Glacier FarmMedia COVID-19 & the Farm

Neonic phase-out may limit flea beetle control tools

flea beetle
Flea beetle. (Photo courtesy Canola Council of Canada)

CNS Canada — The phasing out of neonicotinoid seed treatments in Canada may cause problems for the country’s canola growers when dealing with flea beetles — but alternatives pesticides could fill the gap.

Health Canada’s Pest Management Regulatory Agency (PMRA) is proposing that two neonicotinoid pesticides, clothianidin and thiamethoxam, be phased out over the next three to five years.

Following special reviews, PMRA found that the pesticides are harmful to aquatic insects which are a major source of food for fish, birds and other animals.

The chemicals are widely used as seed treatments for the majority of canola grown in Western Canada. While the impact on bees is often mentioned in discussions on neonics, PMRA itself came out with a proposed decision in 2017 noting that the neonicotinoid seed treatments don’t negatively hurt pollinators, including bees.

“These seed treatments are used on canola to prevent the young plants from being eaten by flea beetles,” said Brian Innes, vice-president of public affairs with the Canola Council of Canada.

“We’re concerned about not having these products will have a significant impact on the canola industry,” said Innes adding “it will mean increased risks and reduced yields.”

It can be very hard to predict when the insect when flea beetles will strike a field and individual fields can be lost in as little as 36 hours, according to Innes. While foliar chemical applications are an option, the small window makes control difficult.

“If we remove the neonicotinoids, it forces people to use other alternatives,” said John Gavloski, extension entomologist with Manitoba Agriculture. There are trade-offs with other pesticides, he said, making it hard to determine the eventual impact on crop production.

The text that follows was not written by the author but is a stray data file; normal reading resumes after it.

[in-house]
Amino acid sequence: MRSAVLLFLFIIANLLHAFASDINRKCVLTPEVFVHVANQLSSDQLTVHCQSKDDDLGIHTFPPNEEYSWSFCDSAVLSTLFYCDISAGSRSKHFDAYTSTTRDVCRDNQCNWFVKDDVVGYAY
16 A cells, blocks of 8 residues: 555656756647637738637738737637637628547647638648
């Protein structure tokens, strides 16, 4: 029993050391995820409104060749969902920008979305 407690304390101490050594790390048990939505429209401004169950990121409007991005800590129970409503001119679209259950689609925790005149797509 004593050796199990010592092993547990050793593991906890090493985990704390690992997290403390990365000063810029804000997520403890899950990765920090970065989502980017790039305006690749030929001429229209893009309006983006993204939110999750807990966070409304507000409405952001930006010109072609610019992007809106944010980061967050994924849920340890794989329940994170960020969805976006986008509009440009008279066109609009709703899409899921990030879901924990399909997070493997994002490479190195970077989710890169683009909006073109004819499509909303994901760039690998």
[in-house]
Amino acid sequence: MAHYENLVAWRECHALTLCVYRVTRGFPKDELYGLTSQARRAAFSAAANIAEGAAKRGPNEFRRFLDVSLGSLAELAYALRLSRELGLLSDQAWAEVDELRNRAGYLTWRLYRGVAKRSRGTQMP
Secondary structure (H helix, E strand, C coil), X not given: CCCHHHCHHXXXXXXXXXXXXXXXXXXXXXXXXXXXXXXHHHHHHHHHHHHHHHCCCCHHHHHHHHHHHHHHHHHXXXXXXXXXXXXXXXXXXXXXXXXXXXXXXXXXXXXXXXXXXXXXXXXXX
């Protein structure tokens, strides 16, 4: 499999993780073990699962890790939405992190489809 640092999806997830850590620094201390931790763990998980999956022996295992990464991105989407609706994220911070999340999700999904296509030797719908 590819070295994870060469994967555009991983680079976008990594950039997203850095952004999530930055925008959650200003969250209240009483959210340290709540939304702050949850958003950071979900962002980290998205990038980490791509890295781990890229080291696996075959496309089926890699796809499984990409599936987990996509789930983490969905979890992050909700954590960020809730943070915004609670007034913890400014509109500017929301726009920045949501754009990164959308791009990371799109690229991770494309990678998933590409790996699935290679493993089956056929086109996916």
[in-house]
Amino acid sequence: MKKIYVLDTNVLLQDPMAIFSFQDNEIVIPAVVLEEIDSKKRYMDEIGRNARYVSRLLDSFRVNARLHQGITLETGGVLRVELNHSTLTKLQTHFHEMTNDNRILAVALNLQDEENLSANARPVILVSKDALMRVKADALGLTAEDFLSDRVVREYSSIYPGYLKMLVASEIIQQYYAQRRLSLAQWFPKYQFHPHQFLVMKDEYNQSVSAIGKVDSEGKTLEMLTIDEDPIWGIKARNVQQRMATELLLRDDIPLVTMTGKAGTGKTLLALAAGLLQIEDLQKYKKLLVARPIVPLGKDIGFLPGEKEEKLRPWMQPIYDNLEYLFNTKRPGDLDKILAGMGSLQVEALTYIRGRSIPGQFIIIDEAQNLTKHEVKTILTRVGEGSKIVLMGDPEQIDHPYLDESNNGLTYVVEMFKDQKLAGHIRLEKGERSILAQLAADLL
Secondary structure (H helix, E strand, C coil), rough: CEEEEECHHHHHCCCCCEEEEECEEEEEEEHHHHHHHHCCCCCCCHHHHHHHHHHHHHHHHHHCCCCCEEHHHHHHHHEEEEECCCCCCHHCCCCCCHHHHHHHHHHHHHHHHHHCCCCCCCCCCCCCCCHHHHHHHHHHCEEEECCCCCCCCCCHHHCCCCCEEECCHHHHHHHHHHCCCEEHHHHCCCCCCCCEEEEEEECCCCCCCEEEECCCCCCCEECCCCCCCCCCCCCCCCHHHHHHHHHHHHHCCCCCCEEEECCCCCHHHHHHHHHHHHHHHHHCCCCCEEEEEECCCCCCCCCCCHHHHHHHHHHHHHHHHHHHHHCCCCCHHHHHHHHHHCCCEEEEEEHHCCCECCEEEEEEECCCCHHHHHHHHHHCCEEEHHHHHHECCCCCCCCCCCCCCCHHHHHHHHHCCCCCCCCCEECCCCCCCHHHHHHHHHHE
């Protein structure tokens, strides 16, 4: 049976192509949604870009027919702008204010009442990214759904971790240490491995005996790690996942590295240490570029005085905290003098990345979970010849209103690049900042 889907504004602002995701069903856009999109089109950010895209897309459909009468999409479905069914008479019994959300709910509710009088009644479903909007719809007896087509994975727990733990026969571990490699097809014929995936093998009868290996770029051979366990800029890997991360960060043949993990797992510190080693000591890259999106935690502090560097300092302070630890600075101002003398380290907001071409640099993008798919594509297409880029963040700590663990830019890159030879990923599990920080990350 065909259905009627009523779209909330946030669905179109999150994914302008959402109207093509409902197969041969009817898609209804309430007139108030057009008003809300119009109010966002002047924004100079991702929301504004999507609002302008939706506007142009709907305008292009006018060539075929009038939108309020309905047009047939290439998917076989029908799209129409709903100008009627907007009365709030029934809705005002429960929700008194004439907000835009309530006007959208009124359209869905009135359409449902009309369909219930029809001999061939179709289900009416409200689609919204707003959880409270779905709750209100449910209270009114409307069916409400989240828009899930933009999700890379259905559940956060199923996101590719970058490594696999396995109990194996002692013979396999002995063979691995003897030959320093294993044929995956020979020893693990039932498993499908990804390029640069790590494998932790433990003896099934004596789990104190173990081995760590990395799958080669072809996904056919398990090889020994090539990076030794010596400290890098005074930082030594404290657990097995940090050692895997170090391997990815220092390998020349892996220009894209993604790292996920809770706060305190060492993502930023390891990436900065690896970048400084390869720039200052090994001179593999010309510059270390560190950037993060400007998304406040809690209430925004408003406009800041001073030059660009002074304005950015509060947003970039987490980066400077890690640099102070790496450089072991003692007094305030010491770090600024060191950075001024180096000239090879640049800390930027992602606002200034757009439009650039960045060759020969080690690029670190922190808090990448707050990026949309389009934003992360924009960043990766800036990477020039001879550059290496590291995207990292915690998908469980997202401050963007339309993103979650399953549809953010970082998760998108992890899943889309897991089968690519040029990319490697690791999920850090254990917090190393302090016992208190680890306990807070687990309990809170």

Diamides are a group of chemicals that can also be used as a seed treatment against flea beetles, he said. They are not as water-soluble as neonicotinoids — which comes with its own pros and cons.

The lower water solubility of diamides means they are slower to react. However, with neonicotinoids, a rain right after planting can wash away much of the seed treatment, which would not be the case with diamides.

Gavloski said more chemical options were also being researched and should be available for the market soon.

While more tools could take the place of neonicotinoids, “we’re very concerned as a canola industry, because any tool that’s taken away from farmers has a negative impact on their ability to produce canola and manage their risk,” said Innes.

Small impacts on yields could lead to hundreds of millions of dollars of losses in the bigger picture, he said.

There is a 90-day window of comment on the PMRA proposals, and Innes said the Canola Council will review the decision to make sure all of the available information was taken into account.

“We as a canola industry very much value a science-based review process,” he said.

— Phil Franz-Warkentin writes for Commodity News Service Canada, a Glacier FarmMedia company specializing in grain and commodity market reporting. Follow him at @PhilFW on Twitter.

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